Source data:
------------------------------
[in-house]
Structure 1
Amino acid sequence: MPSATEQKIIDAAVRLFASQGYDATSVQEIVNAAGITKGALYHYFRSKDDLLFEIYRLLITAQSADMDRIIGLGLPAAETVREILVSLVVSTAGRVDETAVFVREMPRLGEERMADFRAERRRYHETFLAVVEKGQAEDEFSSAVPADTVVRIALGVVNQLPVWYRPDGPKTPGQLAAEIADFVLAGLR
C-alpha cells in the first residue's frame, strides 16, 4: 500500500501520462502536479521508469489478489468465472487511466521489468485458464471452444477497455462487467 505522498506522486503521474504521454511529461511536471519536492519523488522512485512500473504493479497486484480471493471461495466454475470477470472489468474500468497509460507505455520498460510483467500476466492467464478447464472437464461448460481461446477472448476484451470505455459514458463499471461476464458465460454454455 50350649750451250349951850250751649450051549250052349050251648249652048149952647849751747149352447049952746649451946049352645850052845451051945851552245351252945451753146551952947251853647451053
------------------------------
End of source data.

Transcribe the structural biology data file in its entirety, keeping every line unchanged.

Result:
[in-house]
Structure 1
Amino acid sequence: MPSATEQKIIDAAVRLFASQGYDATSVQEIVNAAGITKGALYHYFRSKDDLLFEIYRLLITAQSADMDRIIGLGLPAAETVREILVSLVVSTAGRVDETAVFVREMPRLGEERMADFRAERRRYHETFLAVVEKGQAEDEFSSAVPADTVVRIALGVVNQLPVWYRPDGPKTPGQLAAEIADFVLAGLR
C-alpha cells in the first residue's frame, strides 16, 4: 500500500501520462502536479521508469489478489468465472487511466521489468485458464471452444477497455462487467 505522498506522486503521474504521454511529461511536471519536492519523488522512485512500473504493479497486484480471493471461495466454475470477470472489468474500468497509460507505455520498460510483467500476466492467464478447464472437464461448460481461446477472448476484451470505455459514458463499471461476464458465460454454455 50350649750451250349951850250751649450051549250052349050251648249652048149952647849751747149352447049952746649451946049352645850052845451051945851552245351252945451753146551952947251853647451053